It has been two weeks since I realized I was having a miscarriage, two weeks since I felt the exhilarating excitement and fear of bringing a new life into the world, and two weeks since I gave up planning all of the cute and endearing ways to tell my family and friends that my husband and I were pregnant for the first time. It has been two weeks since I realized there are some things that the world can’t see.

I know that early miscarriage is a relatively common event. In fact, one source states that about half of fertilized eggs are lost before a positive pregnancy test could occur, and about 10-20% after a positive test. This is often referred to as a chemical pregnancy.

What is a chemical pregnancy?

A chemical pregnancy is when a woman has a pregnancy that ends very early, though after enough time for HcG levels to rise adequately to have a (sometimes faint) positive pregnancy test. This can lead to a lot of confusion for a woman. She anticipates pregnancy. She has a positive pregnancy test. Then shortly after, she has an unusually heavy period that makes her question if she ever even was pregnant.

This was my story, like so many others. And Natural Family Planning (NFP) was entirely to blame.

If you know me, you know that I am a huge advocate for NFP whenever I get the chance to sing its praises. Therefore, it may come as a surprise to many that I adamantly blame NFP for these trials. So maybe I should back up and explain myself. My husband and I were very excited and anxious to try to become pregnant. We could not believe that we were finally hearing this summons from the Lord. We knew we could not deny it. He was clearly calling us to take this leap of faith, however unprepared we felt. So, like diligent NFP users, we turned to our chart that tracks my cycle.

What does our NFP chart have to do with anything?

Well, although most people think of conception as a pretty simple matter, or even just an incidental consequence (or accident), we know otherwise. Getting pregnant is actually statistically pretty tough (despite what the new Teen Mom premiere leads you to believe). When a woman ovulates, the egg only lives for 12-24 hours if it is not fertilized. And without the presence of cervical mucus, which typically only occurs for a short amount of time in a woman’s cycle in response to hormonal changes, a woman’s body is actually not at all conducive to the survival of sperm. In the absence of mucus, they will die within hours. So we knew, like most NFP users, that by utilizing our chart where we track these symptoms of fertility, we could increase our odds of conceiving.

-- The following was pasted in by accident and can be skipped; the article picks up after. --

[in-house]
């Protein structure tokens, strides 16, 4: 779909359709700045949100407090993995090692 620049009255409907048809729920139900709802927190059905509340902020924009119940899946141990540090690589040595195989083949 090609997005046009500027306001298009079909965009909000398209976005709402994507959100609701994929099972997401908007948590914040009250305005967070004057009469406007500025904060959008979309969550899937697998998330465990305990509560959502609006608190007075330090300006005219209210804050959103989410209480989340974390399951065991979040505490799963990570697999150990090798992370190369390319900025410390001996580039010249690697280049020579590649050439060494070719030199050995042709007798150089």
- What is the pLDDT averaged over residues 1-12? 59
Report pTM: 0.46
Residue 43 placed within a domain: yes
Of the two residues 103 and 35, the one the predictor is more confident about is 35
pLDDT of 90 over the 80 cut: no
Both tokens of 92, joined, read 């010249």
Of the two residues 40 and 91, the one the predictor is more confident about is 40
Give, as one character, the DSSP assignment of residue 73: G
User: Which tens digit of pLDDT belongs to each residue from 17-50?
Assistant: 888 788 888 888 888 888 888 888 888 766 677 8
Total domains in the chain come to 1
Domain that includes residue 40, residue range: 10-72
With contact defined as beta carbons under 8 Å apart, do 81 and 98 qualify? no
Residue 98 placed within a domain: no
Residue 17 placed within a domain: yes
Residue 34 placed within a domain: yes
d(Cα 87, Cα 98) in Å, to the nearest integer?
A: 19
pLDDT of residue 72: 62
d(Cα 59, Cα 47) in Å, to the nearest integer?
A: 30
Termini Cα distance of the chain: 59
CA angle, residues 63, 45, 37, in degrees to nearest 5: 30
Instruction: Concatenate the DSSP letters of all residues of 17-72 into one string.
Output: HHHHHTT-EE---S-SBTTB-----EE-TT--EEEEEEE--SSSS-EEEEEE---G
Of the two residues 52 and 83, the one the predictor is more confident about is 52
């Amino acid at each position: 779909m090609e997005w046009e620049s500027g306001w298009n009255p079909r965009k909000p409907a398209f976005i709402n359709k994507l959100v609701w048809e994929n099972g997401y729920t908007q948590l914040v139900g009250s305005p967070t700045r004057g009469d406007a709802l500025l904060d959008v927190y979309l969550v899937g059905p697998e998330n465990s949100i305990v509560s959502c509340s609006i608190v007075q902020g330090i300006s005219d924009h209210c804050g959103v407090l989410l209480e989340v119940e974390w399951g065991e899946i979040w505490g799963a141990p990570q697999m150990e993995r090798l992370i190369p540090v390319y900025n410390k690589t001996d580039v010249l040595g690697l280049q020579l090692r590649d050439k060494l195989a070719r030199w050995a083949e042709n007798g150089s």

Nobody ever warns you about the waiting game.

For the next couple of weeks after we suspected the window of our fertility had passed for that cycle, I obsessively monitored every strange sign and symptom of my body. It took very little time actually to feel confident that I was pregnant (if you have been told previously of breast tenderness with pregnancy, take my word that it is not at all a subtle thing). So, since I consistently chart my cycles and know within a day or two of when to expect my period to start, I desperately leapt on the chance to take a home pregnancy test when I was “late.” As predicted, it was positive! We were beaming. Parenthood, pregnancy, and children seemed to suddenly be coming up in all of our conversations. We assumed everyone would be able to guess our news. So we (not so) patiently planned on how to announce our pregnancy to everybody.

Then, everything was suddenly all wrong.

I began to have all of the warning signs and symptoms of early miscarriage. I was bleeding heavily, cramping even more heavily, and, of course, crying… I knew what was happening the moment it began, with very little doubt. After confirming with diagnostic testing ordered by my doctor, we began to shift our discussion from announcing our exciting news to instead how we were going to tell our family and close friends (who didn’t even know we were pregnant yet), that we had miscarried.

We heard all of the anticipated responses.

Some asked how far along we were. Some offered prayers. Most sat silently and let me verbally grieve. All were sorry for our loss. But the thing that I didn’t expect to be told was that most women don’t even know they are pregnant at that point. They would have thought this was just a slightly late period. They would never mourn this loss. It was almost as though I should be resentful towards NFP.

I guess this is where NFP is to blame.

Because of NFP, we knew every joyous detail of our child’s life. We knew when we conceived. We knew when to take a home test. We knew how to calculate our due date. But most importantly, we knew that we had become parents. In light of my faith, I believe that the Lord invited us to participate in the co-creation of a life, a body that was the physical vessel of a soul. It was not chance. It was not luck. It was definitely not an accident. It was an outpouring of grace on my husband and me when the Lord gifted us a new role as parents of this child, even if only for a short time. So, yes, it was because of NFP that we knew when we miscarried. It was because of NFP that we knew when the time came to grieve. But it was also because of NFP that my husband could speak on my behalf at the doctor’s office when I was overcome with emotion and I desperately needed him to answer the staff’s questions about my cycle. It was because of NFP that we were able to celebrate this short life of our child. And it was because of NFP that we can say that we have been parents, even if that is what the world can’t see.